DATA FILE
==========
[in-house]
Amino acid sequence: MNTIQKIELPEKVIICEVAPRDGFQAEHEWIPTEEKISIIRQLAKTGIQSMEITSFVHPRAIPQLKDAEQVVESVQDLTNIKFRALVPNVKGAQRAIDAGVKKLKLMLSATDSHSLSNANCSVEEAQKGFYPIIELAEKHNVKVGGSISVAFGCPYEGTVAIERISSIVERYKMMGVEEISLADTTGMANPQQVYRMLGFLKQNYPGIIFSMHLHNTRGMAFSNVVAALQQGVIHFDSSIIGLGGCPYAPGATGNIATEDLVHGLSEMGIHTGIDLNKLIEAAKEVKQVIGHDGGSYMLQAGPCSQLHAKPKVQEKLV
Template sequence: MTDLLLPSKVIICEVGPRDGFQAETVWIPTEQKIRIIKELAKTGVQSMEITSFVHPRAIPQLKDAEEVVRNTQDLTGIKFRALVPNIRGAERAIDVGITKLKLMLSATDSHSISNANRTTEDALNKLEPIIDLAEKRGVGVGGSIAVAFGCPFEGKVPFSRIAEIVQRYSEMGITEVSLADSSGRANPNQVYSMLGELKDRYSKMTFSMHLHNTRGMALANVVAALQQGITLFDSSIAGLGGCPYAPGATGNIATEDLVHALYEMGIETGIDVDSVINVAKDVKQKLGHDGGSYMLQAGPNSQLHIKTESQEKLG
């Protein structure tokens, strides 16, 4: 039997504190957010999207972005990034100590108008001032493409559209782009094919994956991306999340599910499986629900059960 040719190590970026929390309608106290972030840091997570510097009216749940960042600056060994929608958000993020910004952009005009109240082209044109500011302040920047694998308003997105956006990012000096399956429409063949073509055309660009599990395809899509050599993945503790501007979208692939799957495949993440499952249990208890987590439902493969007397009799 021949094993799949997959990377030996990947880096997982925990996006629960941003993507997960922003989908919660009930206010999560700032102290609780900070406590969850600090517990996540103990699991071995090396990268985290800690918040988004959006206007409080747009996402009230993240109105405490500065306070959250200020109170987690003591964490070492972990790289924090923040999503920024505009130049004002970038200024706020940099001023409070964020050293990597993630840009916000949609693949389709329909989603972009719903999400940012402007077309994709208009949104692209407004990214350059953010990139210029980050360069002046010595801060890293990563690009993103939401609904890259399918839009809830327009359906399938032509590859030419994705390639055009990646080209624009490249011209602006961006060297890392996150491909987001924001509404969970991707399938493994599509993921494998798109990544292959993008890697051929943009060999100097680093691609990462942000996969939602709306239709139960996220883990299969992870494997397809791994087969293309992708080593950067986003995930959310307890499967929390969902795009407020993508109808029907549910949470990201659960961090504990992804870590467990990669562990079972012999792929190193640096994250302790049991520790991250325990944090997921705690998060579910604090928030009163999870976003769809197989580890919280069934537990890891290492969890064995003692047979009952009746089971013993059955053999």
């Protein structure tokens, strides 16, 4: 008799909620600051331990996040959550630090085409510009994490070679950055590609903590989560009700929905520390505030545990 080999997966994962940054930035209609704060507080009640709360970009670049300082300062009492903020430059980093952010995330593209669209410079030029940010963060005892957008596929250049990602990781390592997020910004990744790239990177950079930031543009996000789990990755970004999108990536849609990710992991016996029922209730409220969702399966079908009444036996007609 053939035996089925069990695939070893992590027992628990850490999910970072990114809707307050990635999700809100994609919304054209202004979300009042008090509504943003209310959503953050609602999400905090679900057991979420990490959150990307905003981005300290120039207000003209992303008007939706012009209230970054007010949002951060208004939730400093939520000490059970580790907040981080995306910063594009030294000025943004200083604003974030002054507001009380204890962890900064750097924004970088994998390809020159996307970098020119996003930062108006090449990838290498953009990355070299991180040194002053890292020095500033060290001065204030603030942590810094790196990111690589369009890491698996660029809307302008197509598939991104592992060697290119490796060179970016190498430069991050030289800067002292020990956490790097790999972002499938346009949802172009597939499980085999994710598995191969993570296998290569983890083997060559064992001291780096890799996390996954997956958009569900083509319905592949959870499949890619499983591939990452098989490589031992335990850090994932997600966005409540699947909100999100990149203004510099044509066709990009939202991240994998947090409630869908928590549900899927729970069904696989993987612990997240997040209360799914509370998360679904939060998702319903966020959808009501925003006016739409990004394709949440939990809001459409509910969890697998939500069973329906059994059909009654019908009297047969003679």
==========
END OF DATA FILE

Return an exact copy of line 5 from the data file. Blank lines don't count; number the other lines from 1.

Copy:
């Protein structure tokens, strides 16, 4: 008799909620600051331990996040959550630090085409510009994490070679950055590609903590989560009700929905520390505030545990 080999997966994962940054930035209609704060507080009640709360970009670049300082300062009492903020430059980093952010995330593209669209410079030029940010963060005892957008596929250049990602990781390592997020910004990744790239990177950079930031543009996000789990990755970004999108990536849609990710992991016996029922209730409220969702399966079908009444036996007609 053939035996089925069990695939070893992590027992628990850490999910970072990114809707307050990635999700809100994609919304054209202004979300009042008090509504943003209310959503953050609602999400905090679900057991979420990490959150990307905003981005300290120039207000003209992303008007939706012009209230970054007010949002951060208004939730400093939520000490059970580790907040981080995306910063594009030294000025943004200083604003974030002054507001009380204890962890900064750097924004970088994998390809020159996307970098020119996003930062108006090449990838290498953009990355070299991180040194002053890292020095500033060290001065204030603030942590810094790196990111690589369009890491698996660029809307302008197509598939991104592992060697290119490796060179970016190498430069991050030289800067002292020990956490790097790999972002499938346009949802172009597939499980085999994710598995191969993570296998290569983890083997060559064992001291780096890799996390996954997956958009569900083509319905592949959870499949890619499983591939990452098989490589031992335990850090994932997600966005409540699947909100999100990149203004510099044509066709990009939202991240994998947090409630869908928590549900899927729970069904696989993987612990997240997040209360799914509370998360679904939060998702319903966020959808009501925003006016739409990004394709949440939990809001459409509910969890697998939500069973329906059994059909009654019908009297047969003679």